Author’s note: This is the fourth in a series of articles about the profession of arms. Over the series, I will chart the modern development of our profession in the nineteenth and twentieth centuries, examining that development through the lens of four themes that have driven and influenced it: events, technology, ideas, and institutions. I will then examine how change in the strategic environment will drive continued evolution in the profession of arms. Importantly, I will propose areas where we, as members of this profession, must lead change and ensure our military institutions remain effective—at every level—into the twenty-first century.
You can also read the previous article in the series here.
The Cold War strategic competition between the United States and the Soviet Union, and massive build up in the number of deployed nuclear weapons, drove changes in how members of the profession of arms thought about large-scale wars, and how they interacted with national leaders and policymakers. Major interstate war now held the potential to result in conflagrations that could extinguish human civilization. Many civilian and military leaders in the early post–World War II era hoped or believed that new and advanced technologies would deter large-scale conflicts and deliver enduring strategic advantages. However, the examples of protracted and indecisive war in Korea and the American experience in Vietnam disabused many of these utopians of the idea that technology would be the silver bullet against surprise challenges and the scourge of high-intensity wars. As Williamson Murray and MacGregor Knox write in The Dynamics of Military Revolution, 1300–2050, this was an old affliction. They describe how “Clausewitz had utter contempt for those of his contemporaries who suffered from similar delusions. . . . No technological marvels can alter war’s unpredictable nature as a ‘paradoxical trinity’ composed of ‘primordial violence,’ politics and chance.”
New technologies (examined in this series’ previous article) demanded new ideas to realize their potential. New institutions would also be required to wield high-tech weapon systems, to protect against the enemy use of these same weapons, and to train and educate military personnel. New ideas and institutions went hand in hand. For example, new approaches to strategy required new institutions such as the National Security Council to coordinate US strategy. The evolution of joint operations was as much about joint headquarters and staff as it was about theories of joint integration. Flawed initially, these institutions evolved over time to better integrate policy and better formulate strategy. The aim of this article, therefore, is to explore the new ideas and new institutions that emerged to maximize the impact of new technologies, and deal with Cold War events, in the decades after World War II.
While a series of different theories and structures emerged over the decades between the 1950s and the turn of the century, four stand above all others: new theories about strategy and their accompanying institutions; the ongoing development of join concepts and organizations; the idea of revolutions in military affairs; and developments in the theory of military professionalism, including civil-military relations.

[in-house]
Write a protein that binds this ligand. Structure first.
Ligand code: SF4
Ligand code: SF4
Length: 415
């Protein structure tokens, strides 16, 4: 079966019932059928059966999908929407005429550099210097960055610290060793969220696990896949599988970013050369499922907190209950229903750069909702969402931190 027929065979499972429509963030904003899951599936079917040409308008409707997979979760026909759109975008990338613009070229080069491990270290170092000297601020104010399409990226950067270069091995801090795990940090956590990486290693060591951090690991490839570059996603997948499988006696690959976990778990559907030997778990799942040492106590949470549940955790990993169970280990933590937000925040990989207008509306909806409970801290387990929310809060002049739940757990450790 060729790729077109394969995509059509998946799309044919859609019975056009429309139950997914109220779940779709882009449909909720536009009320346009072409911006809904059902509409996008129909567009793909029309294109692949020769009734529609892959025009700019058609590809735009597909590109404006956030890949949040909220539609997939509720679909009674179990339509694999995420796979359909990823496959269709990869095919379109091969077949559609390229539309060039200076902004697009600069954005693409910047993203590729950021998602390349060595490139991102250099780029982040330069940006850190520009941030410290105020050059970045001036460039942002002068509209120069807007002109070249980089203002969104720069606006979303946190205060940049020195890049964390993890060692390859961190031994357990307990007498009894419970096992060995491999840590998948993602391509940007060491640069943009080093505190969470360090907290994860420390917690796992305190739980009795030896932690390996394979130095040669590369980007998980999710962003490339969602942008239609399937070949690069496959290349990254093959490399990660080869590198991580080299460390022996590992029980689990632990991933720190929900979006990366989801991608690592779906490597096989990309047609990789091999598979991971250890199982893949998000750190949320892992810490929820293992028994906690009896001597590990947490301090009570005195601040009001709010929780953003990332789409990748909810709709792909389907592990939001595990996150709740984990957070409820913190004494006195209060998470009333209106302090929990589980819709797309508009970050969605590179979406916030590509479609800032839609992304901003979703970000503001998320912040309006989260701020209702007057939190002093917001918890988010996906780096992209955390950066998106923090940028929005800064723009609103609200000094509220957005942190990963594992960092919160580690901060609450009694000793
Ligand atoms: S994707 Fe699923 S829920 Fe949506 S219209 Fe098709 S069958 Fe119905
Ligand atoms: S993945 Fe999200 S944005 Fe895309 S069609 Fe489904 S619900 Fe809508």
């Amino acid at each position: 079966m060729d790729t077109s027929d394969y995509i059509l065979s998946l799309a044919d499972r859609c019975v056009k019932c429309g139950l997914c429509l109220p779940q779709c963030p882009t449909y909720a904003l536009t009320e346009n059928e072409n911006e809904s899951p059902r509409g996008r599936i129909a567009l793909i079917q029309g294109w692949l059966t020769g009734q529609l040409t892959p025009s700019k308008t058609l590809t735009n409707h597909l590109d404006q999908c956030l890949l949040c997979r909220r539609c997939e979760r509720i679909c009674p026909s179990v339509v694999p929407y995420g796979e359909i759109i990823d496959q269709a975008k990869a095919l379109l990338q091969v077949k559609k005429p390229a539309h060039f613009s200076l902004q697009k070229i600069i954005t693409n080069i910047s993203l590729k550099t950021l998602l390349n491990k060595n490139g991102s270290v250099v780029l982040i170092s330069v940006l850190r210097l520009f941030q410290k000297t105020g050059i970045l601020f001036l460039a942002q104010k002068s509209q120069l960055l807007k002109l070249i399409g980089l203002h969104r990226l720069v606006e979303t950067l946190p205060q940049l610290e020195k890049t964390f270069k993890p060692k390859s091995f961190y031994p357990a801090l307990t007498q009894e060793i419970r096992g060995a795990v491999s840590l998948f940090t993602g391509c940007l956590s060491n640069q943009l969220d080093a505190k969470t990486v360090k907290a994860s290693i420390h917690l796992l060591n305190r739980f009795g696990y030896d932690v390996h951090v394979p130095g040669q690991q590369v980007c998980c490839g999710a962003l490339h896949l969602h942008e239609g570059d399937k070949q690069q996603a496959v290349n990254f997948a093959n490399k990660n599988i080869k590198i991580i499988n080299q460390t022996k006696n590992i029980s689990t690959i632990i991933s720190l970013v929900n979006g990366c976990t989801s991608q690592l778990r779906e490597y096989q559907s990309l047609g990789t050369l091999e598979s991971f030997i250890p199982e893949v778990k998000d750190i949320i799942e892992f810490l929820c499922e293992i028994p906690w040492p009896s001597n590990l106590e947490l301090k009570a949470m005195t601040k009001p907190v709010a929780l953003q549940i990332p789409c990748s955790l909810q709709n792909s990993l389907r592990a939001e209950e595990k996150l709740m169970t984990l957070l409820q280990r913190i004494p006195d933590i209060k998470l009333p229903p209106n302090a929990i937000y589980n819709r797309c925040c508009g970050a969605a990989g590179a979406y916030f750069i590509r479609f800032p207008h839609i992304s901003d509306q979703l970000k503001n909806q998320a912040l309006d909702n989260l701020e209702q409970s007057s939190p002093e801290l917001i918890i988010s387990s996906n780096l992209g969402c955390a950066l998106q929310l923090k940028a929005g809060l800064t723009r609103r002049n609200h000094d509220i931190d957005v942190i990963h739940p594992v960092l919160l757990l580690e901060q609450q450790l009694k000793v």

Strategy for the Digital Age
As the Digital Revolution matured after World War II, strategic theory and practice continued to evolve. The strategy adopted by the United States in the immediate postwar period was shaped by a 1946 telegram from a junior American foreign service officer serving in the American embassy in Moscow named George Kennan. Dispatched on February 22, 1946, the now famous eight-thousand-word telegram outlined reasons for difficulties in the US-Soviet relationship. He described Soviet intransigence and hostility as the outcome of internal pressures and the need to justify the dictatorship that ruled the Soviet empire. Kennan summarized the Soviet approach thus: “We have here a political force committed fanatically to the belief that with US [sic] there can be no permanent modus vivendi, that it is desirable and necessary that the internal harmony of our society be disrupted, our traditional way of life be destroyed, the international authority of our state be broken, if Soviet power is to be secure.” Kennan also proposed that the Soviets would not change their strategy until they had experienced sufficient failure to convince them otherwise.
In a follow-up article in Foreign Affairs in 1947, Kennan wrote that “Soviet pressure against the free institutions of the Western world is something that can be contained by the adroit and vigilant application of counterforce at a series of constantly shifting geographical and political points. . . . This would of itself warrant the United States entering with reasonable confidence upon a policy of firm containment, designed to confront the Russians with unalterable counterforce.” These ideas, as well as alliance building, forward basing of US forces, and the build up of military power, were subsequently included in United States Objectives and Programs for National Security, also known as NSC-68, in 1950. This new form of strategy—containment at every point where Soviet actions encroached on a stable world—would guide the conduct of the United States for the remainder of the Cold War.